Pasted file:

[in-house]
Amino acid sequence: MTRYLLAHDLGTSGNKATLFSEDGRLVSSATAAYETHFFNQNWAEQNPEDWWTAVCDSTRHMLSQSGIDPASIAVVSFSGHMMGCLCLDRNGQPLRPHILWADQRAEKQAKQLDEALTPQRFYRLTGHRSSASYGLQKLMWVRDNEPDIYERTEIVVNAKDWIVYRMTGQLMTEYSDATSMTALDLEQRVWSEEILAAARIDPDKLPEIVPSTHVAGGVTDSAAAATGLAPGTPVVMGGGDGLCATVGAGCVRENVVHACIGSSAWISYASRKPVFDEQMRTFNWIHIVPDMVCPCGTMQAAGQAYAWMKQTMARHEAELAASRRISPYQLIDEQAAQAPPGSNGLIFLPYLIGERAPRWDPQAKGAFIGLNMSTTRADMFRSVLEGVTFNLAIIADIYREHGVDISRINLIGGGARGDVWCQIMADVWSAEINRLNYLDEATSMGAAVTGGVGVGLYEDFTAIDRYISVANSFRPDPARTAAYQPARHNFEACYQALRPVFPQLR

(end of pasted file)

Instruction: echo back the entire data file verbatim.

[in-house]
Amino acid sequence: MTRYLLAHDLGTSGNKATLFSEDGRLVSSATAAYETHFFNQNWAEQNPEDWWTAVCDSTRHMLSQSGIDPASIAVVSFSGHMMGCLCLDRNGQPLRPHILWADQRAEKQAKQLDEALTPQRFYRLTGHRSSASYGLQKLMWVRDNEPDIYERTEIVVNAKDWIVYRMTGQLMTEYSDATSMTALDLEQRVWSEEILAAARIDPDKLPEIVPSTHVAGGVTDSAAAATGLAPGTPVVMGGGDGLCATVGAGCVRENVVHACIGSSAWISYASRKPVFDEQMRTFNWIHIVPDMVCPCGTMQAAGQAYAWMKQTMARHEAELAASRRISPYQLIDEQAAQAPPGSNGLIFLPYLIGERAPRWDPQAKGAFIGLNMSTTRADMFRSVLEGVTFNLAIIADIYREHGVDISRINLIGGGARGDVWCQIMADVWSAEINRLNYLDEATSMGAAVTGGVGVGLYEDFTAIDRYISVANSFRPDPARTAAYQPARHNFEACYQALRPVFPQLR